Local veterans groups have their sights set on spiffing up Blaine Memorial Park, and they are looking for a little help from the community to make it happen.
American Legion Post 86 and Veterans of Foreign Wars Post 9474 are partnering with the city of Blaine to renovate and restore the monument that honors the men who served in WWI or who were killed in action in WWI, WWII, Korea or Vietnam.
“We want to put it back in good-looking shape,” said former Blaine resident and Vietnam veteran Denny Thibeault. “We’re
trying to make people aware of what’s out there.”
Thibeault said the wear and tear from the weather and time has taken its toll on the memorial plaques and vintage anti-aircraft gun that stand just outside the Blaine Police Department on the corner of H and 3rd streets in downtown Blaine.
The bronze plaque, dedicated in 1943, hangs on the west side of the Blaine police station and wears a heavy patina that mars the names of the men who went to fight in WWI. “It’s hard to read some of them,” veteran Wes Thompson said, leaning in to get a better look at the individual names that will sound familiar to anyone who has traveled Blaine’s streets. “This plaque was on the front of old city hall for decades,” he said, reaching out to touch one of the tarnished names.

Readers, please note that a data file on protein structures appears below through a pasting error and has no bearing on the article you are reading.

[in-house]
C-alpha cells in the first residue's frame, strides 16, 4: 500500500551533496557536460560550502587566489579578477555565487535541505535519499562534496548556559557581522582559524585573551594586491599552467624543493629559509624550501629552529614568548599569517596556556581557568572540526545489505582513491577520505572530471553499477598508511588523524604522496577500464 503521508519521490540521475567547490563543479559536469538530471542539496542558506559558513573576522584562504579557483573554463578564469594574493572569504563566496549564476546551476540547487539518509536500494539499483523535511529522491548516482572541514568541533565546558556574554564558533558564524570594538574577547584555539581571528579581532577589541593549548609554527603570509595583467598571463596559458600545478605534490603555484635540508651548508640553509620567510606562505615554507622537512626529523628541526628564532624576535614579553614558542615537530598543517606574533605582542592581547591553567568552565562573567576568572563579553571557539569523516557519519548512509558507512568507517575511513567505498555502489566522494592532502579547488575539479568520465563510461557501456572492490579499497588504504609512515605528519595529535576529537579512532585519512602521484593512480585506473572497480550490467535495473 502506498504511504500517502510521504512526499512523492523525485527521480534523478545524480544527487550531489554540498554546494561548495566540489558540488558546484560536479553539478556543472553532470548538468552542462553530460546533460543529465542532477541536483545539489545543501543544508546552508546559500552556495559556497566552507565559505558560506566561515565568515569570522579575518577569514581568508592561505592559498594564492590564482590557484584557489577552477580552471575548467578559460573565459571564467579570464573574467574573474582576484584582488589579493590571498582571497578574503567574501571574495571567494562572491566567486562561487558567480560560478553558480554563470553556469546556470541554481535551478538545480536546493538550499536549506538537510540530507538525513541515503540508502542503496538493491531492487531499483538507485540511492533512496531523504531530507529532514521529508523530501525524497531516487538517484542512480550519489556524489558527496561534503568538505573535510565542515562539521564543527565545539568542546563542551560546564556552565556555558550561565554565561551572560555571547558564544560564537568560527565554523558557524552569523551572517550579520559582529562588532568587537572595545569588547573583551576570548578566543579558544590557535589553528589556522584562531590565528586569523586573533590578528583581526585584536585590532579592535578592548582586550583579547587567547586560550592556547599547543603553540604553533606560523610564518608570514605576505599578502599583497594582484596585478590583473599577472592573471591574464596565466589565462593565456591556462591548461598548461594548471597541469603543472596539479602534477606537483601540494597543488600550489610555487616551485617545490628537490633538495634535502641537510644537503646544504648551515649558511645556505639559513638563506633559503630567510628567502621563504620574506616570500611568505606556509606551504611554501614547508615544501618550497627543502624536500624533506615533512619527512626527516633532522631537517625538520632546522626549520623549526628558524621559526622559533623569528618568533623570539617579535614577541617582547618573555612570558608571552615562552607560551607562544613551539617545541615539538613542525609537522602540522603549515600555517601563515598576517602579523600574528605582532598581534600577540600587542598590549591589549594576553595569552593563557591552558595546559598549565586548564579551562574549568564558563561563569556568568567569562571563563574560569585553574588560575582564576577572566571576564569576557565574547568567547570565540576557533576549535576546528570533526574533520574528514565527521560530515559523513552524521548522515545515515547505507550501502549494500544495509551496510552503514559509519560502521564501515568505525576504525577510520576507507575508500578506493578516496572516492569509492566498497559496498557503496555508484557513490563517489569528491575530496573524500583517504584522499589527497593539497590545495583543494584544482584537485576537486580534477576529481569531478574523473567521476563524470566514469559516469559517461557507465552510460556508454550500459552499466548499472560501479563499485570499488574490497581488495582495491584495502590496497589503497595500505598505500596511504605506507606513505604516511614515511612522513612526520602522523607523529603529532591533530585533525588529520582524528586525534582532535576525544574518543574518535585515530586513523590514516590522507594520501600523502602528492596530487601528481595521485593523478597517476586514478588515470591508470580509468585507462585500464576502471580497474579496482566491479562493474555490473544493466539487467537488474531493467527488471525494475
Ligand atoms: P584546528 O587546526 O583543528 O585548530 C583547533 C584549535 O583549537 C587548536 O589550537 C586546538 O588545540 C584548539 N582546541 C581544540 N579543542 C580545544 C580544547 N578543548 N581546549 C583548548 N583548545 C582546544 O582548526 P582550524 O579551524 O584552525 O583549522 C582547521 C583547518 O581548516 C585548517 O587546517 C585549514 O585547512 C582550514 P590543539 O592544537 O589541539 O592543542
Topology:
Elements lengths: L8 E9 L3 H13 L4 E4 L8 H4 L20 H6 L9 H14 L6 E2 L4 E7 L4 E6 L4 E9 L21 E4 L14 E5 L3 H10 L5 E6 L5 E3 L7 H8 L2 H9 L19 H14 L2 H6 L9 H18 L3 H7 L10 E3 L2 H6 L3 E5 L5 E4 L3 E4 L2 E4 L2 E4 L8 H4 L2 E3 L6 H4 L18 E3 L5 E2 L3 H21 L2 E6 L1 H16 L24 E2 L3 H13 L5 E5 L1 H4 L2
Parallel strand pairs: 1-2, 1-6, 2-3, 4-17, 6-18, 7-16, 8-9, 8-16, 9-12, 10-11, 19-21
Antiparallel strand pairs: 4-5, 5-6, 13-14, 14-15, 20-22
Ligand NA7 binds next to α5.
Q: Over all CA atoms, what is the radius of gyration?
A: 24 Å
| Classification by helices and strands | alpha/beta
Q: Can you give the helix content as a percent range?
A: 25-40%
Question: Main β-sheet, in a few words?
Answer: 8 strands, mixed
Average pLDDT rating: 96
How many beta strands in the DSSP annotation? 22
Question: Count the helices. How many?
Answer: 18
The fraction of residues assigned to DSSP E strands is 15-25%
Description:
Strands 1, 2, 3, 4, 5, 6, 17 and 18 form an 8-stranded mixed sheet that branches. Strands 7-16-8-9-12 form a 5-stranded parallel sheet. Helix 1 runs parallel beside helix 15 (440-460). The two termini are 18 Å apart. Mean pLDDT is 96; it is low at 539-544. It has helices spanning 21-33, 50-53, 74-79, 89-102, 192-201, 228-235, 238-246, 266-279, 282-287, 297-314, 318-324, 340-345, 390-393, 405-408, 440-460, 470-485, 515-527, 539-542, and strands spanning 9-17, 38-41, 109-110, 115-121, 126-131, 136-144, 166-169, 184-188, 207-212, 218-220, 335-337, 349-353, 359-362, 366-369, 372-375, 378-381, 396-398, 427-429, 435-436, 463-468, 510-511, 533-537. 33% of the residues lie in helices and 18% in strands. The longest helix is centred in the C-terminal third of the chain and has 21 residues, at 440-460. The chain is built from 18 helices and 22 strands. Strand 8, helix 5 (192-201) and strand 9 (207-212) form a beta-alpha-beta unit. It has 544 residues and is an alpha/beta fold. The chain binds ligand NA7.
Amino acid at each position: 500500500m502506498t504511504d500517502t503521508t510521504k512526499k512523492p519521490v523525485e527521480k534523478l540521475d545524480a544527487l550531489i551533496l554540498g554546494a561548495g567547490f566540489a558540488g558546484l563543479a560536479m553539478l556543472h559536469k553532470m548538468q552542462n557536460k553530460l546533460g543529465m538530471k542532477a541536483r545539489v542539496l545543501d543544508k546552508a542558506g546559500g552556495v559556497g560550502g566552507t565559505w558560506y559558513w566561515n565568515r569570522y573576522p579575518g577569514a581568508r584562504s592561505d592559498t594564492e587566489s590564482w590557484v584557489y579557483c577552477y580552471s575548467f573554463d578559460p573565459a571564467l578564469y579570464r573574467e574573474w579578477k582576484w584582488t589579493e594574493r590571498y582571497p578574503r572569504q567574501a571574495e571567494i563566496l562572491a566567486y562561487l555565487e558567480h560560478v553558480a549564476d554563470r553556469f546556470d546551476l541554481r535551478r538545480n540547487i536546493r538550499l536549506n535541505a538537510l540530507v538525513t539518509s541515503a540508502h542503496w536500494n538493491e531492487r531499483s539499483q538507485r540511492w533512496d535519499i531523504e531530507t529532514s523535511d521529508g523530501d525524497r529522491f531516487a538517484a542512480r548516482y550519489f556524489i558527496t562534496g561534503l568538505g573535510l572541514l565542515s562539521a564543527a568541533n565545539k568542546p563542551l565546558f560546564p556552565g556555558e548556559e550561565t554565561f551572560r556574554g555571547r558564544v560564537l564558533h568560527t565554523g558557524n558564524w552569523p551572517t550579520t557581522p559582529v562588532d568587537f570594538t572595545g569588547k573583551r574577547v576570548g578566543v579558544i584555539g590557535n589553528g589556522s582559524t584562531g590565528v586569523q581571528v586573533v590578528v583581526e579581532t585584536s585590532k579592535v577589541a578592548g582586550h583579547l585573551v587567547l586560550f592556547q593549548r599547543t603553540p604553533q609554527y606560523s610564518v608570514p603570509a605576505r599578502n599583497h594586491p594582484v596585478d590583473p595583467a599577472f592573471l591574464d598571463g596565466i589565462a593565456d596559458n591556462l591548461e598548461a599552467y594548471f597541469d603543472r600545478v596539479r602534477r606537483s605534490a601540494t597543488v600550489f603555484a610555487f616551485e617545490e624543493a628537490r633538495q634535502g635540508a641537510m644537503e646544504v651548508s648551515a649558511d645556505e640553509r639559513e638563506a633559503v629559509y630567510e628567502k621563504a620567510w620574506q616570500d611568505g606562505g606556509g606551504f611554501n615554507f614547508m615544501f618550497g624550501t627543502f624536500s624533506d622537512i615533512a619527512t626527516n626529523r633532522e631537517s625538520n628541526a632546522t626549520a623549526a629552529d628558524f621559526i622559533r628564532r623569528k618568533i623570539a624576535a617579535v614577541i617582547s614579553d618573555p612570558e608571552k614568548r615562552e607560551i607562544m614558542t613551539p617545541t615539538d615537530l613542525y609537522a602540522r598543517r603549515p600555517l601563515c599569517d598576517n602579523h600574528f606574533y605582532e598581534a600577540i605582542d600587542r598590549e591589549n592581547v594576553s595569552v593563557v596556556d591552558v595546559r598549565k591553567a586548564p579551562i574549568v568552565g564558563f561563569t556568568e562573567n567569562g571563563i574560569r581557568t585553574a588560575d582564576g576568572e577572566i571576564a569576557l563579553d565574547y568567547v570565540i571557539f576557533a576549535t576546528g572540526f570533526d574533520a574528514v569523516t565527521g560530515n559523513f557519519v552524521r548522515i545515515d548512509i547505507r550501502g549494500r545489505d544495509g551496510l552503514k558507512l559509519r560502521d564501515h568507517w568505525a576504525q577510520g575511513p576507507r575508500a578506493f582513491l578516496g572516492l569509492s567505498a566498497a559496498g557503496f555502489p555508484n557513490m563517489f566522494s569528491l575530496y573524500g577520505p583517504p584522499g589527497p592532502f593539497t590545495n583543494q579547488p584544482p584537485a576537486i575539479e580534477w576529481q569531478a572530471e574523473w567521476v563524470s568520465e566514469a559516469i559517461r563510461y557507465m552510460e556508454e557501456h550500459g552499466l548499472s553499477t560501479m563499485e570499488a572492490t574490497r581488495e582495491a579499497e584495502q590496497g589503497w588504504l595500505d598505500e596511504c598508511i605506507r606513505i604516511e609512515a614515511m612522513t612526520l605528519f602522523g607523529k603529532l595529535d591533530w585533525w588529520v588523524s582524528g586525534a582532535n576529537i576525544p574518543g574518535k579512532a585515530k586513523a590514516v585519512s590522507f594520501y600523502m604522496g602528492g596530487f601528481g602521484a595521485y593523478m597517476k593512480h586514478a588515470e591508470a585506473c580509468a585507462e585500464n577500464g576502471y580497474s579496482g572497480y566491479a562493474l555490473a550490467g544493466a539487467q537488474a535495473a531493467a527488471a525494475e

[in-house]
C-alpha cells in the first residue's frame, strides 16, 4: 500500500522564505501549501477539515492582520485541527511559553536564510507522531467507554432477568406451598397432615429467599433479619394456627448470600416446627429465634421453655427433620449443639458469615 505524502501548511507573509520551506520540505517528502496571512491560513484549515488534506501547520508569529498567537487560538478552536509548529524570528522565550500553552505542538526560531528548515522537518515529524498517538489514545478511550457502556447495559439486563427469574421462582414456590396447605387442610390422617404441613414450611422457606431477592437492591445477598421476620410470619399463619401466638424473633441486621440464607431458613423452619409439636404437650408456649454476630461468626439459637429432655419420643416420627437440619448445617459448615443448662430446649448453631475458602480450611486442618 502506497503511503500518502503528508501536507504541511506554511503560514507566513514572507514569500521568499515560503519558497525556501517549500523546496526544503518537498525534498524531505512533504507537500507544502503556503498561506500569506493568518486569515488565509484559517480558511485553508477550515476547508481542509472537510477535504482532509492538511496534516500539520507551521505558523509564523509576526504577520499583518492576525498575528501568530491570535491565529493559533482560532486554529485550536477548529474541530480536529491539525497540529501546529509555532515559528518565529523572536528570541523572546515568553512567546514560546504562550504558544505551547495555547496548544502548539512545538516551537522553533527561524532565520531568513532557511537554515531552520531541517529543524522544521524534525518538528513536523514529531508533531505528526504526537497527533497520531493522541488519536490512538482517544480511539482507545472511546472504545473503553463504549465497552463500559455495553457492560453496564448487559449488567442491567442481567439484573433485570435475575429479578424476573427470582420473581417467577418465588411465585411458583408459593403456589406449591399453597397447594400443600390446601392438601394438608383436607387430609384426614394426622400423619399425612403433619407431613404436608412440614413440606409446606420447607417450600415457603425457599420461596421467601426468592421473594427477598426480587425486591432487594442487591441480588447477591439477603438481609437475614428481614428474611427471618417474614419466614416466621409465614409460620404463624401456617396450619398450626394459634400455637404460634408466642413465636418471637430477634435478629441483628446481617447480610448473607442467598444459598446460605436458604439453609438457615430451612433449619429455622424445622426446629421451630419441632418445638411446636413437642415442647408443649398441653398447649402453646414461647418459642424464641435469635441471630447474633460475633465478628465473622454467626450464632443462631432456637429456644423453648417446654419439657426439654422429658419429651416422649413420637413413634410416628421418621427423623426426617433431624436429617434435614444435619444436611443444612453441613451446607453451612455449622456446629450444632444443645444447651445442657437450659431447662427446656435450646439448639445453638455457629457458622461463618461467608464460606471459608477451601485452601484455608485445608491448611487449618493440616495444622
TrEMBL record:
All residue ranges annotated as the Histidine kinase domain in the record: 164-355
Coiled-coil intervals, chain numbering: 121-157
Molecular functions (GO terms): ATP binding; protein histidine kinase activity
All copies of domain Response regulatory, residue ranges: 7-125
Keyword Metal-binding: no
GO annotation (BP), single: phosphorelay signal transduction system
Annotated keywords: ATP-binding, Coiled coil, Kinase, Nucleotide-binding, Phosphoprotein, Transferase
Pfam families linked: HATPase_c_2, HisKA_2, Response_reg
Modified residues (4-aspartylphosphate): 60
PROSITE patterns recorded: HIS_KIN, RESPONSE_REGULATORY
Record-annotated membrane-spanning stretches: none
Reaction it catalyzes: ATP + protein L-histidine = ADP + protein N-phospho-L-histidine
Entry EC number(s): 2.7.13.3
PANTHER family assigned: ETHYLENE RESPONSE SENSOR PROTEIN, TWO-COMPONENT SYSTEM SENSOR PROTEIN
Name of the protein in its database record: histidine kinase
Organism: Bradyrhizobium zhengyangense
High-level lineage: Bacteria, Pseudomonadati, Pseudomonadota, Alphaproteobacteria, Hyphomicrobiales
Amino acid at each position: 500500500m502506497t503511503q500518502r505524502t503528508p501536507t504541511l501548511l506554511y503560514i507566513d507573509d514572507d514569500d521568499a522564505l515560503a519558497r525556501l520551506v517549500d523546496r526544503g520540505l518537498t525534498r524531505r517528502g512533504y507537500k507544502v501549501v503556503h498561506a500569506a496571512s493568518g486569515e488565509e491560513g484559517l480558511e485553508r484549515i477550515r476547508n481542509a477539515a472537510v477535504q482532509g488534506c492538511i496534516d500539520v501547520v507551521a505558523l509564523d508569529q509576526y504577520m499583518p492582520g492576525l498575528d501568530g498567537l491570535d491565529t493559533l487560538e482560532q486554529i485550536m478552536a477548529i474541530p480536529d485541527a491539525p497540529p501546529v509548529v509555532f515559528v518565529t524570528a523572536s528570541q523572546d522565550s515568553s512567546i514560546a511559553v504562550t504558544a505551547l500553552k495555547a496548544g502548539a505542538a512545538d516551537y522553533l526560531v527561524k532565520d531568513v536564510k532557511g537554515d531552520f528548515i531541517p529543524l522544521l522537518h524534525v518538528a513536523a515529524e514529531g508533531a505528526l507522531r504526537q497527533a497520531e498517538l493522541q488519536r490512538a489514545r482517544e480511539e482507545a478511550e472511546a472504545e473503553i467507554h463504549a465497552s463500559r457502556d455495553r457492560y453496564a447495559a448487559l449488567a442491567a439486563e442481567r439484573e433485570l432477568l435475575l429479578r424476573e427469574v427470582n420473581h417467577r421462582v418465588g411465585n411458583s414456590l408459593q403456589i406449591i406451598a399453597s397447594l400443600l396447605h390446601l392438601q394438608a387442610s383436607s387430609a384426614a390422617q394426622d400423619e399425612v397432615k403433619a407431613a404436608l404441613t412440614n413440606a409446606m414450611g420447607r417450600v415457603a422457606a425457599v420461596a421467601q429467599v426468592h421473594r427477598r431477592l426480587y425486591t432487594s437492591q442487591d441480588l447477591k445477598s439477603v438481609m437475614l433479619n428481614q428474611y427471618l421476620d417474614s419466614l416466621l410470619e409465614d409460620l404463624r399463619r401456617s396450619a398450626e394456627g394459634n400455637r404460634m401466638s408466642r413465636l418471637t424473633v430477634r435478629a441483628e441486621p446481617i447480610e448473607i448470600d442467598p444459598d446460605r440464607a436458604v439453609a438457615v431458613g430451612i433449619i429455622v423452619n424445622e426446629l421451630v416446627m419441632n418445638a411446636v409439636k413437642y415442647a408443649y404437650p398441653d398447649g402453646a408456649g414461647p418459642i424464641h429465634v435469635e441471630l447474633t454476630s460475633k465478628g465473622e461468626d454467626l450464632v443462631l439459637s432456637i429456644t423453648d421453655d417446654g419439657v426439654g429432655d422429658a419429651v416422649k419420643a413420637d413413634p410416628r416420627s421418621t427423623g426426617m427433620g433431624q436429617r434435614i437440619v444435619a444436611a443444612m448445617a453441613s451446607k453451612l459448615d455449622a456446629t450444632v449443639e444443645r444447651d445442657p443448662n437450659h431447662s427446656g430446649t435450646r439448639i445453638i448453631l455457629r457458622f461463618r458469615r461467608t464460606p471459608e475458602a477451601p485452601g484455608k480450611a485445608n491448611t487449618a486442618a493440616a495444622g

The group plans to take down the plaque and ship it to Seattle to be professionally cleaned. The refinishers will then add a finish coat to help ward off patina for years to come.
“It’s been 47 years since the memorial has had any major upgrades,” Thibeault said. “The names are even wearing off the KIA memorial.” Thibeault helped build the KIA memorial, a cement and marble structure, in 1967, and said it holds great personal significance, since his brother was one of the first names added to the Vietnam plaque. “My mother took the sheet off of it when it was dedicated,” he said. “It was very emotional.”
Thibeault said that in addition to dressing up the plaques, the group wants to fix safety hazards that the 1943 90mm M1 anti-aircraft gun poses for the community. He noted that some of the supports for the 2,700-pound cannon, along with the metal grating that surrounding it, were rusting through, and could cause injury to someone. The group intends to install stanchions and rope barrier around the gun to deter children from climbing on the monument.
Public works director Ravyn Whitewolf said the city is happy to help with the project, and that her department will be assisting with the renovation by providing welding services, power washing and the installation of a new bench. “This project will not only improve the look of the memorial, but will improve public safety as well,” she said.
Thibeault estimated that it will cost close to $3,000 to restore the beauty and safety of the memorial, and those costs are lower than expected because of the city’s help. “We couldn’t ask for better cooperation,” Thibeault said. The group is also welcoming involvement from the community, Thibeault said, and will have a work party in the next few months to begin cleanup of the site.
Labor donations can be coordinated through Ron Rasmussen at 360/371-7311, and monetary donations can be given to the Blaine Veterans Memorial Fund can be made at Sterling Bank.